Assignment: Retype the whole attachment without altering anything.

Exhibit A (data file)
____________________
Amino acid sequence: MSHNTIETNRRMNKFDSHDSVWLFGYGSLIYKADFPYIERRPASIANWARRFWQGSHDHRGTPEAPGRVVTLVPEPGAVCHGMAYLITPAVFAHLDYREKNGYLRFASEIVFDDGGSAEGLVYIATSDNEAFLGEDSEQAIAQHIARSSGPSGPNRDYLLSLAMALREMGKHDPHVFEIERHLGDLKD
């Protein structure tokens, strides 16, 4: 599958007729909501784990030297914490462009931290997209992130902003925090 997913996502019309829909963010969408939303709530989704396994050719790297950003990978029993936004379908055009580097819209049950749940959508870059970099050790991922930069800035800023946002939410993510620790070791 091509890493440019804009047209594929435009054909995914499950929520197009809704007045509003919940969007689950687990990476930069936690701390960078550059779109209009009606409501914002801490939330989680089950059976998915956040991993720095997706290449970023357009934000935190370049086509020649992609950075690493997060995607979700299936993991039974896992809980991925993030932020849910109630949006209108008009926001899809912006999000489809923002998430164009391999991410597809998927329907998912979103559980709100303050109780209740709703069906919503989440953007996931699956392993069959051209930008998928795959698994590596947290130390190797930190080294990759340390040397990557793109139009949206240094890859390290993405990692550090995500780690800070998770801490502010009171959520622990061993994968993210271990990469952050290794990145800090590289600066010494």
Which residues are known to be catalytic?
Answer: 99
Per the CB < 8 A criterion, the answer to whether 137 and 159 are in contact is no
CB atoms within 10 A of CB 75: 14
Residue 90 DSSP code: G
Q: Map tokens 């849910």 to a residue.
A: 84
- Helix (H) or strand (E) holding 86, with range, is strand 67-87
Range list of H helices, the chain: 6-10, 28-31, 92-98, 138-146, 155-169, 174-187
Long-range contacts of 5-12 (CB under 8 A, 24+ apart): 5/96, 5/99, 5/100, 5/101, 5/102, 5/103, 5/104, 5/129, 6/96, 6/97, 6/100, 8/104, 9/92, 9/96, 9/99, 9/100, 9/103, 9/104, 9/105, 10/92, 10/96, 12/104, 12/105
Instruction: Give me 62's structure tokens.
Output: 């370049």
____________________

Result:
Amino acid sequence: MSHNTIETNRRMNKFDSHDSVWLFGYGSLIYKADFPYIERRPASIANWARRFWQGSHDHRGTPEAPGRVVTLVPEPGAVCHGMAYLITPAVFAHLDYREKNGYLRFASEIVFDDGGSAEGLVYIATSDNEAFLGEDSEQAIAQHIARSSGPSGPNRDYLLSLAMALREMGKHDPHVFEIERHLGDLKD
């Protein structure tokens, strides 16, 4: 599958007729909501784990030297914490462009931290997209992130902003925090 997913996502019309829909963010969408939303709530989704396994050719790297950003990978029993936004379908055009580097819209049950749940959508870059970099050790991922930069800035800023946002939410993510620790070791 091509890493440019804009047209594929435009054909995914499950929520197009809704007045509003919940969007689950687990990476930069936690701390960078550059779109209009009606409501914002801490939330989680089950059976998915956040991993720095997706290449970023357009934000935190370049086509020649992609950075690493997060995607979700299936993991039974896992809980991925993030932020849910109630949006209108008009926001899809912006999000489809923002998430164009391999991410597809998927329907998912979103559980709100303050109780209740709703069906919503989440953007996931699956392993069959051209930008998928795959698994590596947290130390190797930190080294990759340390040397990557793109139009949206240094890859390290993405990692550090995500780690800070998770801490502010009171959520622990061993994968993210271990990469952050290794990145800090590289600066010494």
Which residues are known to be catalytic?
Answer: 99
Per the CB < 8 A criterion, the answer to whether 137 and 159 are in contact is no
CB atoms within 10 A of CB 75: 14
Residue 90 DSSP code: G
Q: Map tokens 């849910």 to a residue.
A: 84
- Helix (H) or strand (E) holding 86, with range, is strand 67-87
Range list of H helices, the chain: 6-10, 28-31, 92-98, 138-146, 155-169, 174-187
Long-range contacts of 5-12 (CB under 8 A, 24+ apart): 5/96, 5/99, 5/100, 5/101, 5/102, 5/103, 5/104, 5/129, 6/96, 6/97, 6/100, 8/104, 9/92, 9/96, 9/99, 9/100, 9/103, 9/104, 9/105, 10/92, 10/96, 12/104, 12/105
Instruction: Give me 62's structure tokens.
Output: 């370049």